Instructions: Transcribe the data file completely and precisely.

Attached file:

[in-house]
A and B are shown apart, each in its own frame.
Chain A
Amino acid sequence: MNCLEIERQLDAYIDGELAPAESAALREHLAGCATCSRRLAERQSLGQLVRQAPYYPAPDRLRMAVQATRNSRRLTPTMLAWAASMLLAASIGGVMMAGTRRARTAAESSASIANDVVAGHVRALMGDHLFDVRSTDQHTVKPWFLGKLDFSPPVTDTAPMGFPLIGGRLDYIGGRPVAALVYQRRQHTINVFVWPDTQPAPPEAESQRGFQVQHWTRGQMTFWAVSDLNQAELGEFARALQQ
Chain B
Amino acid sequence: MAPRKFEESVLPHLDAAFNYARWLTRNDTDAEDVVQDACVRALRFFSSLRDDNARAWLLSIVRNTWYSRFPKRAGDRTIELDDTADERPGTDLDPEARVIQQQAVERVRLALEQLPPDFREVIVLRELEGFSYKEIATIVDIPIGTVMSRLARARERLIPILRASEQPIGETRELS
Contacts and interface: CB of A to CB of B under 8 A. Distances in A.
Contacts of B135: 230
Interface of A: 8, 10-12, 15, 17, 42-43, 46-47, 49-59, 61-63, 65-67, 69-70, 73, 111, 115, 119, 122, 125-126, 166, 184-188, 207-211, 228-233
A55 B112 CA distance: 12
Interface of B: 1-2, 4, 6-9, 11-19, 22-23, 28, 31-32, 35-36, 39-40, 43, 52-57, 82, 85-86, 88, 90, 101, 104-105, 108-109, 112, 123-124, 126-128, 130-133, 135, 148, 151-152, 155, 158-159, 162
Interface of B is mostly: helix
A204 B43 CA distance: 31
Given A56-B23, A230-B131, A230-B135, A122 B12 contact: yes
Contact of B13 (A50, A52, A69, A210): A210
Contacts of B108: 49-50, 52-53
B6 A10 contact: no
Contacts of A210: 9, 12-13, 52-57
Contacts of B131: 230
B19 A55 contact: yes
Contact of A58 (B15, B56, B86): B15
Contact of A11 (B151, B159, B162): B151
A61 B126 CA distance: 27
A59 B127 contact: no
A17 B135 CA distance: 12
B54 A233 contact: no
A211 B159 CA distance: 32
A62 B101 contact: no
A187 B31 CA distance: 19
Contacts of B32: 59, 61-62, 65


[in-house]
A and B are shown apart, each in its own frame.
Chain A
Amino acid sequence: MNCLEIERQLDAYIDGELAPAESAALREHLAGCATCSRRLAERQSLGQLVRQAPYYPAPDRLRMAVQATRNSRRLTPTMLAWAASMLLAASIGGVMMAGTRRARTAAESSASIANDVVAGHVRALMGDHLFDVRSTDQHTVKPWFLGKLDFSPPVTDTAPMGFPLIGGRLDYIGGRPVAALVYQRRQHTINVFVWPDTQPAPPEAESQRGFQVQHWTRGQMTFWAVSDLNQAELGEFARALQQ
Chain B
Amino acid sequence: MAPRKFEESVLPHLDAAFNYARWLTRNDTDAEDVVQDACVRALRFFSSLRDDNARAWLLSIVRNTWYSRFPKRAGDRTIELDDTADERPGTDLDPEARVIQQQAVERVRLALEQLPPDFREVIVLRELEGFSYKEIATIVDIPIGTVMSRLARARERLIPILRASEQPIGETRELS
Contacts and interface: CB of A to CB of B under 8 A. Distances in A.
Contacts of B135: 230
Interface of A: 8, 10-12, 15, 17, 42-43, 46-47, 49-59, 61-63, 65-67, 69-70, 73, 111, 115, 119, 122, 125-126, 166, 184-188, 207-211, 228-233
A55 B112 CA distance: 12
Interface of B: 1-2, 4, 6-9, 11-19, 22-23, 28, 31-32, 35-36, 39-40, 43, 52-57, 82, 85-86, 88, 90, 101, 104-105, 108-109, 112, 123-124, 126-128, 130-133, 135, 148, 151-152, 155, 158-159, 162
Interface of B is mostly: helix
A204 B43 CA distance: 31
Given A56-B23, A230-B131, A230-B135, A122 B12 contact: yes
Contact of B13 (A50, A52, A69, A210): A210
Contacts of B108: 49-50, 52-53
B6 A10 contact: no
Contacts of A210: 9, 12-13, 52-57
Contacts of B131: 230
B19 A55 contact: yes
Contact of A58 (B15, B56, B86): B15
Contact of A11 (B151, B159, B162): B151
A61 B126 CA distance: 27
A59 B127 contact: no
A17 B135 CA distance: 12
B54 A233 contact: no
A211 B159 CA distance: 32
A62 B101 contact: no
A187 B31 CA distance: 19
Contacts of B32: 59, 61-62, 65